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Three out of four Indiana school referendums get voters' seals of approval

Two people stand silhouetted against a sign that says, "Vote yes for Pike Township students."
Lauren Chapman
IPB News
MSD Pike Township, Fremont and Brown County's referendums were passed by voters Tuesday while Blue River Valley's referendum was rejected.

Four Indiana school corporations asked voters in their districts to raise property taxes to pay for teachers and staff. Those corporations are Brown County Schools, Blue River Valley Schools, Fremont Community Schools and the Metropolitan School District of Pike Township.

Voters in three school districts approved their ballot referendums. But Blue River Valley’s district voters did not.

This was Blue River Valley’s first referendum. The district asked voters for nearly $360,000 over the course of eight years. Superintendent Trent McCormick said prior to Tuesday's election the referendum was critical for maintaining staff and services.

The referendum was defeated by more than 83 percent. Only about 17 percent of voters approved the tax increase.

Information posted to Blue River Valley's website that analyzes information from collective bargaining agreements shows the corporation has the lowest starting pay of all districts in both Henry and Wayne counties. McCormick said that makes it hard to recruit and hang on to quality teachers.

The school corporation also faces declining enrollment – which equates to decreased funding. The district worked with a financial consultant and developed a plan to cut costs and attract new students in addition to the referendum.

Now, the district will have to find other ways to retain teachers.

“Just like we do at home, you have to evaluate your budget, your expenses and income, and you have to start making cuts across the board so that you can pay your bills and take care of business,” McCormick said. “It's that simple. It's going to likely impact personnel, programing and facilities.”

The referendum at Fremont Community Schools was more narrowly approved by 51.7 percent of voters, KPC News reported. That referendum will net Fremont about $2.4 million over eight years.

The additional funding will prevent layoffs, attract new teachers and fund $300,000 of the district’s essential operations. It will also provide students with technology and improve safety and behavioral programs, according to the school district’s website.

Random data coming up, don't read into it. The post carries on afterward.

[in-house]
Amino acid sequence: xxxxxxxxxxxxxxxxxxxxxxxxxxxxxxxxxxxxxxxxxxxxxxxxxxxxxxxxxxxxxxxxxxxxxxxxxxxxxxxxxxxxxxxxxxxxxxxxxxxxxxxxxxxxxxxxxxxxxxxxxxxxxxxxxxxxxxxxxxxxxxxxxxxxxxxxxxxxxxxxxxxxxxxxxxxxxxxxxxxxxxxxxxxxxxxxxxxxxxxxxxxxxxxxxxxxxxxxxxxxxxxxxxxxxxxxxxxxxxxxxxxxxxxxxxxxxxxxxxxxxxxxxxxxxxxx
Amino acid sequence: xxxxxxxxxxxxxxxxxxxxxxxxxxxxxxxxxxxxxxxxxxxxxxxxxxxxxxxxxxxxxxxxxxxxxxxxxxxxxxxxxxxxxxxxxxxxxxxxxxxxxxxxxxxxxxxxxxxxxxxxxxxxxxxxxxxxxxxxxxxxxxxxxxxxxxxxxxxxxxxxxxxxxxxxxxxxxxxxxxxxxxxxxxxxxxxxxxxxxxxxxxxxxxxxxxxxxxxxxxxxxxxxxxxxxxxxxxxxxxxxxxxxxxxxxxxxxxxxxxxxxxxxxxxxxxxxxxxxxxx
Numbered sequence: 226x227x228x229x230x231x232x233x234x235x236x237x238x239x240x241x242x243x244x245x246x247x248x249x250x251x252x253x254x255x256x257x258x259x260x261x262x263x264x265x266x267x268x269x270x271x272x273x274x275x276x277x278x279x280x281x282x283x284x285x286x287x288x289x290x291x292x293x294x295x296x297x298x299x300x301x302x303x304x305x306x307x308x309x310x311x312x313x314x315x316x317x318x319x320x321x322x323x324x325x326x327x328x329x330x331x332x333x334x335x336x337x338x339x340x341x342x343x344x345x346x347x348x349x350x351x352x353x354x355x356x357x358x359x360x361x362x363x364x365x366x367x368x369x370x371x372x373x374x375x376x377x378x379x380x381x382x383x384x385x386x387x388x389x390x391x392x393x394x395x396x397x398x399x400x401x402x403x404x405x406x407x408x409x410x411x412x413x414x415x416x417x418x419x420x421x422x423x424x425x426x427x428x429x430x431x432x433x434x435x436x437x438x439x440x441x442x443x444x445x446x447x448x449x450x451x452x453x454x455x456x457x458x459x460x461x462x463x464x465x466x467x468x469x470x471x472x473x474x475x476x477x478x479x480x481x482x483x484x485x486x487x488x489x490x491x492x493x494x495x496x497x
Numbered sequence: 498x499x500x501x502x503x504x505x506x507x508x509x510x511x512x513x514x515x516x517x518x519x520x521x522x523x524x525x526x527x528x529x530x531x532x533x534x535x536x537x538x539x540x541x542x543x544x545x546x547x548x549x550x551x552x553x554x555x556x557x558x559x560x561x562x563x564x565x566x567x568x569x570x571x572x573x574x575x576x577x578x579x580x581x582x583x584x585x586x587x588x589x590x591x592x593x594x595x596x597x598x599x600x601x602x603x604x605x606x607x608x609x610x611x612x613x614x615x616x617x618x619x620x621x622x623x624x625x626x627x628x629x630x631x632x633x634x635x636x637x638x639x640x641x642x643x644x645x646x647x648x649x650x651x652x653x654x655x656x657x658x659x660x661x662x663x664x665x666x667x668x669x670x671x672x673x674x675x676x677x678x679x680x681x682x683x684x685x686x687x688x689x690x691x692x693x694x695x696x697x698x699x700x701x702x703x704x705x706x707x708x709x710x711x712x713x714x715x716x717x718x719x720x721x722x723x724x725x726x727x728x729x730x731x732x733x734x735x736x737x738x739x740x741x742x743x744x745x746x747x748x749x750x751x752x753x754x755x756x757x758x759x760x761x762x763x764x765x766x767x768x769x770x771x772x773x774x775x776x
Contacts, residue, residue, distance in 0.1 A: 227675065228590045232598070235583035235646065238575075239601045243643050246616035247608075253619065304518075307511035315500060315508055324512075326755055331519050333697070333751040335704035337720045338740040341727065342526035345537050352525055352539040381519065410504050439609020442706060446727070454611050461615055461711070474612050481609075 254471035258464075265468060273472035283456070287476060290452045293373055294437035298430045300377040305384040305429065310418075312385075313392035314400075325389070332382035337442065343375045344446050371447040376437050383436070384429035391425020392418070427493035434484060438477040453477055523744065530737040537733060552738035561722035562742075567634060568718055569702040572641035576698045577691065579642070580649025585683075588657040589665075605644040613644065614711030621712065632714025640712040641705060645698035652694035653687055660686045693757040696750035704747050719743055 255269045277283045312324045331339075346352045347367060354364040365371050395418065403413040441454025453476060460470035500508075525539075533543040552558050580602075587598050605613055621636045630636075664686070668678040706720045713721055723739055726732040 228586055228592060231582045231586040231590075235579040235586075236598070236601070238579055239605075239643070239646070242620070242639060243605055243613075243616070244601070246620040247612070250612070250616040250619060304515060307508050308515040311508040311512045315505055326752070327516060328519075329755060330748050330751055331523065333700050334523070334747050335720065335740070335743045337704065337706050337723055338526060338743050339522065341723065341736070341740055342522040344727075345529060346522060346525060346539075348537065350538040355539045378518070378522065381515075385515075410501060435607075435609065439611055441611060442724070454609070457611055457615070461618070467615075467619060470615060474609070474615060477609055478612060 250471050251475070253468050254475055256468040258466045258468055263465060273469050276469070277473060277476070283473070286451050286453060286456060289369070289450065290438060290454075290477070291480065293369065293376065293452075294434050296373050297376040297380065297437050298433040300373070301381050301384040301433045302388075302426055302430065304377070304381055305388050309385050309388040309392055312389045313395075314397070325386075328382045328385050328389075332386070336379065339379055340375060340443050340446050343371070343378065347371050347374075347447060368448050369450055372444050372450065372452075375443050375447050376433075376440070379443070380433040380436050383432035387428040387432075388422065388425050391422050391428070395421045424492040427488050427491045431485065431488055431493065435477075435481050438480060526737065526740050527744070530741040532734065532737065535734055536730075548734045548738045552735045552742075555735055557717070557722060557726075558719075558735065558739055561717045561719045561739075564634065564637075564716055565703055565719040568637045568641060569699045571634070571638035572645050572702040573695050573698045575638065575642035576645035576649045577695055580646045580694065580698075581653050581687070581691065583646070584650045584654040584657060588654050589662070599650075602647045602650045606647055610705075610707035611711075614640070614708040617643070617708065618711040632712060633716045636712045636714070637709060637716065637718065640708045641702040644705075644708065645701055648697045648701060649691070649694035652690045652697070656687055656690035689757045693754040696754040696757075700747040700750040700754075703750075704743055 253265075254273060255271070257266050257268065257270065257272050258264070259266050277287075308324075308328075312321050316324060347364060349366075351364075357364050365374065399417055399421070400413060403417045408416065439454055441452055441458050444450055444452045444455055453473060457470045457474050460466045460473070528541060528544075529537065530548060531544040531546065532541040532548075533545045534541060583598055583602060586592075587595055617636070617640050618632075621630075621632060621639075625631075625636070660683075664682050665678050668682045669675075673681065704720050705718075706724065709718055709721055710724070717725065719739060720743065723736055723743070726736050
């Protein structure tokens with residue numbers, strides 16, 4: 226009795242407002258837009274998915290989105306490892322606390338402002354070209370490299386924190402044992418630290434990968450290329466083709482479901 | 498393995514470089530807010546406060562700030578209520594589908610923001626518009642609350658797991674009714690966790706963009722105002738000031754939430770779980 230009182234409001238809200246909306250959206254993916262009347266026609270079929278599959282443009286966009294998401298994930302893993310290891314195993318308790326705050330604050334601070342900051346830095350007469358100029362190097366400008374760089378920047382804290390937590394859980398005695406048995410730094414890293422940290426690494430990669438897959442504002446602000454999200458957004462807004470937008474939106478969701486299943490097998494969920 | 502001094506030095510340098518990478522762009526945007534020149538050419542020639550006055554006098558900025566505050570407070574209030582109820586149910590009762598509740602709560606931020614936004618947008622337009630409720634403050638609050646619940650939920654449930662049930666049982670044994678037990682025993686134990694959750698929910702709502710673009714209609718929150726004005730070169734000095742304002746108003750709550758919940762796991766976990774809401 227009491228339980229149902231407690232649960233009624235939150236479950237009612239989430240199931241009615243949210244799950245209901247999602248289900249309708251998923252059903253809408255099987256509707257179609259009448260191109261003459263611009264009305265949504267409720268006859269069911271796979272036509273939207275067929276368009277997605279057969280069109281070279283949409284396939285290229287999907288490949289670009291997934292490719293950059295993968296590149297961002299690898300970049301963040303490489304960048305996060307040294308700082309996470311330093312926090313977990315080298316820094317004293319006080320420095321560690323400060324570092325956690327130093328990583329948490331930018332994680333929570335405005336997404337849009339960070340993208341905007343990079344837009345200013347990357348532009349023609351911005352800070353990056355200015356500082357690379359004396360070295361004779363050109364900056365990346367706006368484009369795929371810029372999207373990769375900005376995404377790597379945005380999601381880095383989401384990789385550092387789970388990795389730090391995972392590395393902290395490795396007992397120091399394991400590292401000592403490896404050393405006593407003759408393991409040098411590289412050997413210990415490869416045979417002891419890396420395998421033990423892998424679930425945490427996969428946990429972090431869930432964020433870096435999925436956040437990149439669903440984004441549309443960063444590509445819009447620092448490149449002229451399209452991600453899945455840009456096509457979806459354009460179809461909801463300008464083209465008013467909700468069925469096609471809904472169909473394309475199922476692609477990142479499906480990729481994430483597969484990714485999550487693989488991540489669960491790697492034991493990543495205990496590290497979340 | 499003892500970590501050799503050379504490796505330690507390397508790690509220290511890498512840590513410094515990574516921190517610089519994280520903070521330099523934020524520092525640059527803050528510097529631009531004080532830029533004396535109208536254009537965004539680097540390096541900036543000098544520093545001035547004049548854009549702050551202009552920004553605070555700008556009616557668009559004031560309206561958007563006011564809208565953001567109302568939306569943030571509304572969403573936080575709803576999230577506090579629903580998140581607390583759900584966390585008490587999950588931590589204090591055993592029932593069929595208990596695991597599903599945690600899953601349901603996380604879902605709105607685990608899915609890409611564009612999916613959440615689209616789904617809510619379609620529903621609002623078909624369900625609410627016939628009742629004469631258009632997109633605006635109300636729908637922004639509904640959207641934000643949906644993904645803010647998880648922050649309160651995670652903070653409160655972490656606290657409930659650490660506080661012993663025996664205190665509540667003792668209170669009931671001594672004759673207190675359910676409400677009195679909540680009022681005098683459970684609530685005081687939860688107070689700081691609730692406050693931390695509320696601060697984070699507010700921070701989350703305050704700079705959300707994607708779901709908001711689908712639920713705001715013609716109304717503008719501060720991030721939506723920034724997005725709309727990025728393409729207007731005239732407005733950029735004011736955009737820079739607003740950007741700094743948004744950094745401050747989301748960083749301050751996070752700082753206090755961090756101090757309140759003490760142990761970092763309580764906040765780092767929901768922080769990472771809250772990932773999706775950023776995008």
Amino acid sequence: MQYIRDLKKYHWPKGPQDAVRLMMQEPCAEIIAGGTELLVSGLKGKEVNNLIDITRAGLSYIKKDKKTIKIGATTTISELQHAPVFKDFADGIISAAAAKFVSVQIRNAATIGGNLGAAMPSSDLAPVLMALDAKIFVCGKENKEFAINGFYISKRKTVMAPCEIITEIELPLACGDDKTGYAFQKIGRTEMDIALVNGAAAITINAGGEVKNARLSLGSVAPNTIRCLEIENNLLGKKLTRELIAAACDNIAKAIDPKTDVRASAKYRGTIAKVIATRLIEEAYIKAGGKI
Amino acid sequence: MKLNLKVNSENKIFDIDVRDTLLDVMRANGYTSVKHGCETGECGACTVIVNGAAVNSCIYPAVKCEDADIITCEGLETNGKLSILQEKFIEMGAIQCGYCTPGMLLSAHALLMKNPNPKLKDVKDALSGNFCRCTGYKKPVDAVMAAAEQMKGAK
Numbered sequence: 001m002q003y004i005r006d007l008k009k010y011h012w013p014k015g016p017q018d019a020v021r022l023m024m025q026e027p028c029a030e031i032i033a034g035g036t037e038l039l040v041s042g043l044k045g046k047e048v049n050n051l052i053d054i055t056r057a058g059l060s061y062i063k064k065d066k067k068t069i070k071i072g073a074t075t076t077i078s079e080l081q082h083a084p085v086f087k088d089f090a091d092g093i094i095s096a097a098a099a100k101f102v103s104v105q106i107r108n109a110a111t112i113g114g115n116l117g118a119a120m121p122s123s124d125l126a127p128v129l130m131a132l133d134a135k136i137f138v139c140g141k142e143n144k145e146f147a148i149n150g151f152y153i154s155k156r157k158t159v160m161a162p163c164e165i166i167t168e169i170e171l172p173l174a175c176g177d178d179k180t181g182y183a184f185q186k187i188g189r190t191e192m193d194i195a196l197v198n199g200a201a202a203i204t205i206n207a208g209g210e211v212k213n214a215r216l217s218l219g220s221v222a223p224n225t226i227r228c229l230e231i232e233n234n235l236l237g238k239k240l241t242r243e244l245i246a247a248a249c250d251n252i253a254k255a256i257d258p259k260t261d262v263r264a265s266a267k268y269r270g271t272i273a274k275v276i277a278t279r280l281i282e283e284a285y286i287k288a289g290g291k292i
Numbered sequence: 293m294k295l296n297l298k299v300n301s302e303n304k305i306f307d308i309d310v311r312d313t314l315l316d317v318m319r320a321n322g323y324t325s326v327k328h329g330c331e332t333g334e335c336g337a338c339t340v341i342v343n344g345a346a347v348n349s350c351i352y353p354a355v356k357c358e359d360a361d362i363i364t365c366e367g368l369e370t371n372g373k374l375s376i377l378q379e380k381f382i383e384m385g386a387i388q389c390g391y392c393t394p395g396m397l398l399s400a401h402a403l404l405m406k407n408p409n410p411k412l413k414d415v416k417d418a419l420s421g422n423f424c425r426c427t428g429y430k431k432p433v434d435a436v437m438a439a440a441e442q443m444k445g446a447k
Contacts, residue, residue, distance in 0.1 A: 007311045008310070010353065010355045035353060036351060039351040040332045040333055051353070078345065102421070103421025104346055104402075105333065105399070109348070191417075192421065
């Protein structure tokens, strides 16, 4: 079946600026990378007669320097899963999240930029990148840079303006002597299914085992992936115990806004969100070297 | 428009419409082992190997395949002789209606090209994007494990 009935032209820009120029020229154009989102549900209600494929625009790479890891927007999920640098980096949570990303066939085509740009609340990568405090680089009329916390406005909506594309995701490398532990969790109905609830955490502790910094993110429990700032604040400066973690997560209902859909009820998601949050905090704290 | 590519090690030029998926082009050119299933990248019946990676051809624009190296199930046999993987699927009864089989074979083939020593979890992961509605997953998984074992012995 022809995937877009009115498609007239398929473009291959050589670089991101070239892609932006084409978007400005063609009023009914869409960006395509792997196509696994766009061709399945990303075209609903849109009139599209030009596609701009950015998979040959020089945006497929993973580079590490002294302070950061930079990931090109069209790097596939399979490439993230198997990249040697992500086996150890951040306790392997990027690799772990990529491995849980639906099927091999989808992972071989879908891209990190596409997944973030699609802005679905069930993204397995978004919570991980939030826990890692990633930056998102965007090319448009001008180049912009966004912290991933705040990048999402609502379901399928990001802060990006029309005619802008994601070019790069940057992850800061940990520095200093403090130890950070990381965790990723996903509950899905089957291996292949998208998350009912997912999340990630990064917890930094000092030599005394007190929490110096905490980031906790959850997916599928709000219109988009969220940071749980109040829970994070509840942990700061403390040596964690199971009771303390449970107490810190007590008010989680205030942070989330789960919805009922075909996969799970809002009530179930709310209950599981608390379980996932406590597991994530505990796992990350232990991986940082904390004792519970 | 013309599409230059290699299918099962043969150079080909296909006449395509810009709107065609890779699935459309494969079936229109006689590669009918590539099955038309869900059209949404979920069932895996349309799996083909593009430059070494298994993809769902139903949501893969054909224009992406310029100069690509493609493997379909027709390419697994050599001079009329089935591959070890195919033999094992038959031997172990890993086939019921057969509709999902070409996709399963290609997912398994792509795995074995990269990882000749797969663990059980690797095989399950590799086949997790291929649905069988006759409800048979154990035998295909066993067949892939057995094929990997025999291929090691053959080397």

The money from the referendum will allow Fremont to retain extracurriculars, Spanish classes, a kindergarten through fourth grade science teacher, two special education teachers in each school and a school resource officer.

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MSD of Pike Township in Indianapolis also saw its referendum pass. About $9 million of Pike’s $14.5 million referendum will fund staff retention, recruitment and professional development, but Pike will also spend about $4.5 million on programming to combat learning loss. The remaining $1 million will be used for school safety and security.

Pike’s referendum passed 58.8 percent to 41.2 percent.

Brown County Schools asked voters for more than$1.8 million. Most of the money will be used for staff salaries, benefits and programs. However, $187,905 were earmarked for a career resource center.

According to the Brown County Democrat, 54.8 percent of voters approved the referendum.

Brown County Schools’ website said the referendum would allow the district to provide competitive wages to teachers and staff. It would also reinstate programs like theater, career and technical education courses and increase or expand special education, mental health supports, band and choir.

Kirsten is our education reporter. Contact her at or follow her on Twitter at @kirsten_adair.

Kirsten the Indiana Public Broadcasting education reporter. Contact her at or follow her on Twitter at @kirsten_adair.